Couldn't upload your video...if it's on YouTube can you give us the URL...thanks!
I just love the look of this even though I haven't read through your instructions....which I will now do.
I would like to take this idea and make them for the steampunk community here in Dallas. There are few metalsmiths here and I am thinking of getting into the craft. Any suggestions as to where to find the bits and bobs needed to become a maker?
Hi,<br> that's exactly the question I faced when I began doing this sort of thing a few years ago. My best response would be to suggest that you do two things. Try to learn as much as you can about basic skills such as soldering, brazing and welding ( courses, going to watch experts doing it and so on) and secondly, scour junkyards and metal recyclers for bits of old brass and copper. I personally like to look for interesting bits and then store them away in boxes against a rainy day or a suitable project. Once you've actually started a build, you can specifically look for parts you want or need but start by building up a good supply of varied stock. A few tools are useful - I use a drill press and an angle grinder quite a lot but its very much a &quot;go where your imagination and ideas take you&quot; sort of hobby. Most of the fun is in solving the problems you'll encounter along the way.<br>Have fun and be safe.<br>Cheers.
This is excellent. If you design another at some point in the future, I recommend a Stirling Engine powered fan:<br> <a href="http://en.wikipedia.org/wiki/Stirling_engine" rel="nofollow">http://en.wikipedia.org/wiki/Stirling_engine</a><br> I think your terrific fabrication skills would complement such a project well.
As luck would have it, I am busy reading up around Stirling engines at present and it's definitely on my to do list. Trouble is, there are so many great projects and too little time. Pesky darn day job. Thanks for the positive comments though.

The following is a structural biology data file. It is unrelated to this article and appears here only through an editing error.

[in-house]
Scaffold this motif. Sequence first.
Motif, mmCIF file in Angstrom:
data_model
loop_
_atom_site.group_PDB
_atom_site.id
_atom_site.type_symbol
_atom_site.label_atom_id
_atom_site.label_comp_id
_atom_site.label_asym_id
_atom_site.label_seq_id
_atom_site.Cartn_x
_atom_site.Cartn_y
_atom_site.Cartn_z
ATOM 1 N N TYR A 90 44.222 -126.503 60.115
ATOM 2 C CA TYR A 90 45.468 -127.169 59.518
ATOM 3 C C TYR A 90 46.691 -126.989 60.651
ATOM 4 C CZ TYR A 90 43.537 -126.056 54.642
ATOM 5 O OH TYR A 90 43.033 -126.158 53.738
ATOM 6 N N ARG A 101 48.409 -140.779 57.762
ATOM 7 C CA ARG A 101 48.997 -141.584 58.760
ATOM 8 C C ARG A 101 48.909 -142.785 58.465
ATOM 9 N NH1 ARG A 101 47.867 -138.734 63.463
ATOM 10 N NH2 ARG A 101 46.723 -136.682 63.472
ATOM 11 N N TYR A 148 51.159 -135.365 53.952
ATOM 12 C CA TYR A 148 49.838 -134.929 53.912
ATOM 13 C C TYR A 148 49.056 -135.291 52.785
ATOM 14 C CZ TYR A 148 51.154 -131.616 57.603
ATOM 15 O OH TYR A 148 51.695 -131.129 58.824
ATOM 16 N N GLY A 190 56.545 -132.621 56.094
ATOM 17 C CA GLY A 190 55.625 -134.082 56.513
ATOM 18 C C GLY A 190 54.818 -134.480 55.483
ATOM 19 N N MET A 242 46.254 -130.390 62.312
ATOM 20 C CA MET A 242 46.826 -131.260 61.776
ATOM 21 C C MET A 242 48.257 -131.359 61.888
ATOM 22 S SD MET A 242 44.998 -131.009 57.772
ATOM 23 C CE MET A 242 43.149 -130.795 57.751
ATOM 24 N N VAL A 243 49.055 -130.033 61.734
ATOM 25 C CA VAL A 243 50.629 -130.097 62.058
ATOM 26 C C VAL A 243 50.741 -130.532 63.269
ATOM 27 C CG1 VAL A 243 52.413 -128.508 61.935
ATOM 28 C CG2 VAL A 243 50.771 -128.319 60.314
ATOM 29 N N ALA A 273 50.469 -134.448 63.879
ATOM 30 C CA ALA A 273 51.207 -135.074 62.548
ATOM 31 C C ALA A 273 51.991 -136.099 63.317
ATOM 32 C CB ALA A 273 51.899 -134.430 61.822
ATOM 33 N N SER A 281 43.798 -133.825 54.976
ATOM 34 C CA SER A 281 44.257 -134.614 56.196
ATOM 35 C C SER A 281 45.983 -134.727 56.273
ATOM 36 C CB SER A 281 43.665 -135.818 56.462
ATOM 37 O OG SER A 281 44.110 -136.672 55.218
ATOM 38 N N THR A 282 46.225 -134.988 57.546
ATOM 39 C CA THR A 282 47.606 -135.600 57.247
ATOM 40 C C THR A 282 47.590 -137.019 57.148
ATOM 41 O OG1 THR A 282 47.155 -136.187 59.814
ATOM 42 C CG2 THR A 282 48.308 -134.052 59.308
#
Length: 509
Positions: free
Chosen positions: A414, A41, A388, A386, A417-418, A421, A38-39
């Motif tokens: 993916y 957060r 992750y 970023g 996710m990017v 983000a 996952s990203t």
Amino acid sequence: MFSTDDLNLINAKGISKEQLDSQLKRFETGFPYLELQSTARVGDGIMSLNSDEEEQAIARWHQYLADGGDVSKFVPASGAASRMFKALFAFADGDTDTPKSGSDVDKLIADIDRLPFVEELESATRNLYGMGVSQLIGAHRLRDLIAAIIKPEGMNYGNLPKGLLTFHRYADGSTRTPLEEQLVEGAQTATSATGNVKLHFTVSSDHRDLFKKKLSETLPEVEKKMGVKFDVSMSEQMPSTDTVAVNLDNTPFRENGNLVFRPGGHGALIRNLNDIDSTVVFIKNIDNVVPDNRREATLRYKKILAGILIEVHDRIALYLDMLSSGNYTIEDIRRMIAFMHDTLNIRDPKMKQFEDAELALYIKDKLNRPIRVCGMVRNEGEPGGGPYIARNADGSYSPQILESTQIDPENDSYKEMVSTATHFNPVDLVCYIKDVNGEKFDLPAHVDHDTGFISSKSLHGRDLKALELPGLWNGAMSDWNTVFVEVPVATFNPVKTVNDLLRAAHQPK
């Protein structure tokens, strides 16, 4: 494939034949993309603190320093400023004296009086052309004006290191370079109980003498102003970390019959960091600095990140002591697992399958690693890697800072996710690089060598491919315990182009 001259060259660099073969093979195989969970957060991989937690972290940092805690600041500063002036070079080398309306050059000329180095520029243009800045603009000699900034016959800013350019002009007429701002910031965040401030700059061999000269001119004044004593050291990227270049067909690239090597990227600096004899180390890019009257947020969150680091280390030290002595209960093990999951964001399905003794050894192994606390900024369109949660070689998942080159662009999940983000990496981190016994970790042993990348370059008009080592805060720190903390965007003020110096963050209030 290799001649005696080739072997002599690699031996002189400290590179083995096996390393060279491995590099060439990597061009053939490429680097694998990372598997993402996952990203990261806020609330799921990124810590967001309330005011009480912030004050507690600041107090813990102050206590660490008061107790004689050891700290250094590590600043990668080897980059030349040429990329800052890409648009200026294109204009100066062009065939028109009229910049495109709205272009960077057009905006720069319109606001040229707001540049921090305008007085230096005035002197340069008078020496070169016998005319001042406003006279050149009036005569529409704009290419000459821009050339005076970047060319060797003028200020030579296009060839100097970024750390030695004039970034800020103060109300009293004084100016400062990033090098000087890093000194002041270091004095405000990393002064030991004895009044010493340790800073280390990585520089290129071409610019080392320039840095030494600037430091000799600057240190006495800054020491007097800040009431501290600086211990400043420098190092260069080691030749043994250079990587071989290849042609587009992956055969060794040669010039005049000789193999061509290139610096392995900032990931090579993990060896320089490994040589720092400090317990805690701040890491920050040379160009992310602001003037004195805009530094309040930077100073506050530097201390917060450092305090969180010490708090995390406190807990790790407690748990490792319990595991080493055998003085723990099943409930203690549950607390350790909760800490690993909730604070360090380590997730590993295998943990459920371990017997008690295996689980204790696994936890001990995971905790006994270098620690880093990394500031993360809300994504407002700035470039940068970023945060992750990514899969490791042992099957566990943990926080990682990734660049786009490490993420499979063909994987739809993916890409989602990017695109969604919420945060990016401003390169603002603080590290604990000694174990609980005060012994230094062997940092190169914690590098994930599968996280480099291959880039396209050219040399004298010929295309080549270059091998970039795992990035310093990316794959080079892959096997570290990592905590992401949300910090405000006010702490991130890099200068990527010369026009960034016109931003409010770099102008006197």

are you willing to sell this i have a nephew with a birthday coming up and he wants a steampunk gadget.
The word &quot;contraption&quot; was invented especially for your invention. I love your contraption, thank you for showing it to us :)
This is awesome! Well done!
Could you please downscale the video? The 188 megabyte version just sits there, saying &quot;This video is being processed&quot;.
This is so cool. There's a lot of steam punk creations that I don't like because so much of it is stuff thrown together for looks. I love your stuff because it's clear that every little piece has a purpose. <br>great design! <br>
Oh, a think of true beauty.... <br> <br><sub> Looks like it would be a pig to keep clean, though...</sub>
I haven't tried yet, but you're probably right - it would be a pain to clean. I have however lacquered most of the brightwork, so hopefully it won't tarnish too badly....
It looks amazing!!! LOVE IT! :) more please!
Gorgeous design... as a steampunk enthusiast/physicist, literally everything about this project was awesome.
Thanks very much for your kind remarks. It was also great fun.
Awesome! A really beautiful build.
Thank you. Try the one on you Tube. That was working last time I checked.
What a ridiculously gorgeous thing! If only the video would work!
Wow! I think both <a href="http://en.wikipedia.org/wiki/Jean_Charles_Athanase_Peltier" rel="nofollow">Peltier</a> and <a href="http://en.wikipedia.org/wiki/Rube_Goldberg" rel="nofollow">Rube Goldberg</a><a href="http://www.rubegoldberg.com/" rel="nofollow"> </a>would be impressed!;-) You got my vote!
Hi Fungus, <br>video duly shot, posted and embedded. Enjoy! And do please vote...

About This Instructable




More by cutshopguy:Copper Deer Scarer (Shishi Odoshi) for an urban garden Steampunk Reverse Peltier Machine (aka The electro-mechanical room freshener) Steampunk Floating Arm Desk Lamp 
Add instructable to: